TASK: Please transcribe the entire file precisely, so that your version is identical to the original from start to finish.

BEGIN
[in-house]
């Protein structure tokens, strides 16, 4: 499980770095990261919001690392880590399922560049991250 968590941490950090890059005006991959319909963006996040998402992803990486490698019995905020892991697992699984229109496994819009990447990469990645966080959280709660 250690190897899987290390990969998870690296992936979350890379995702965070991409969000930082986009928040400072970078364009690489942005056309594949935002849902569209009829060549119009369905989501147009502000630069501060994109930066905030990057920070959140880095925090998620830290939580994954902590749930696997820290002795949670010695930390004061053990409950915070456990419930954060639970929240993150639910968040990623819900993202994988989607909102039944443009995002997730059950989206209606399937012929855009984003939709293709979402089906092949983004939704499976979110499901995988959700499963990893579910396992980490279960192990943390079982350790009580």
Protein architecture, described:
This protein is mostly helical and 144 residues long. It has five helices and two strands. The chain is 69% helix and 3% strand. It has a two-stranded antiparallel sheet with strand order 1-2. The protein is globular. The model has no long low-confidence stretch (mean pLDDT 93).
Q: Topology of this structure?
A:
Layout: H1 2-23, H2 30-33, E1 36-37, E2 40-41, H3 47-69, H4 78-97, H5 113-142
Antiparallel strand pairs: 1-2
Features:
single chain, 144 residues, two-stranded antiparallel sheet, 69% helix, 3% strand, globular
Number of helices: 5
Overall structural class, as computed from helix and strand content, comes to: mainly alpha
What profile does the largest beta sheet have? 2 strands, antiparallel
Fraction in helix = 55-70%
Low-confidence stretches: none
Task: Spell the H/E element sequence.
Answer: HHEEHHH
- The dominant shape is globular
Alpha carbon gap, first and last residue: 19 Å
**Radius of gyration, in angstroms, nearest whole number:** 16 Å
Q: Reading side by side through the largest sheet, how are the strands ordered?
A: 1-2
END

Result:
[in-house]
């Protein structure tokens, strides 16, 4: 499980770095990261919001690392880590399922560049991250 968590941490950090890059005006991959319909963006996040998402992803990486490698019995905020892991697992699984229109496994819009990447990469990645966080959280709660 250690190897899987290390990969998870690296992936979350890379995702965070991409969000930082986009928040400072970078364009690489942005056309594949935002849902569209009829060549119009369905989501147009502000630069501060994109930066905030990057920070959140880095925090998620830290939580994954902590749930696997820290002795949670010695930390004061053990409950915070456990419930954060639970929240993150639910968040990623819900993202994988989607909102039944443009995002997730059950989206209606399937012929855009984003939709293709979402089906092949983004939704499976979110499901995988959700499963990893579910396992980490279960192990943390079982350790009580």
Protein architecture, described:
This protein is mostly helical and 144 residues long. It has five helices and two strands. The chain is 69% helix and 3% strand. It has a two-stranded antiparallel sheet with strand order 1-2. The protein is globular. The model has no long low-confidence stretch (mean pLDDT 93).
Q: Topology of this structure?
A:
Layout: H1 2-23, H2 30-33, E1 36-37, E2 40-41, H3 47-69, H4 78-97, H5 113-142
Antiparallel strand pairs: 1-2
Features:
single chain, 144 residues, two-stranded antiparallel sheet, 69% helix, 3% strand, globular
Number of helices: 5
Overall structural class, as computed from helix and strand content, comes to: mainly alpha
What profile does the largest beta sheet have? 2 strands, antiparallel
Fraction in helix = 55-70%
Low-confidence stretches: none
Task: Spell the H/E element sequence.
Answer: HHEEHHH
- The dominant shape is globular
Alpha carbon gap, first and last residue: 19 Å
**Radius of gyration, in angstroms, nearest whole number:** 16 Å
Q: Reading side by side through the largest sheet, how are the strands ordered?
A: 1-2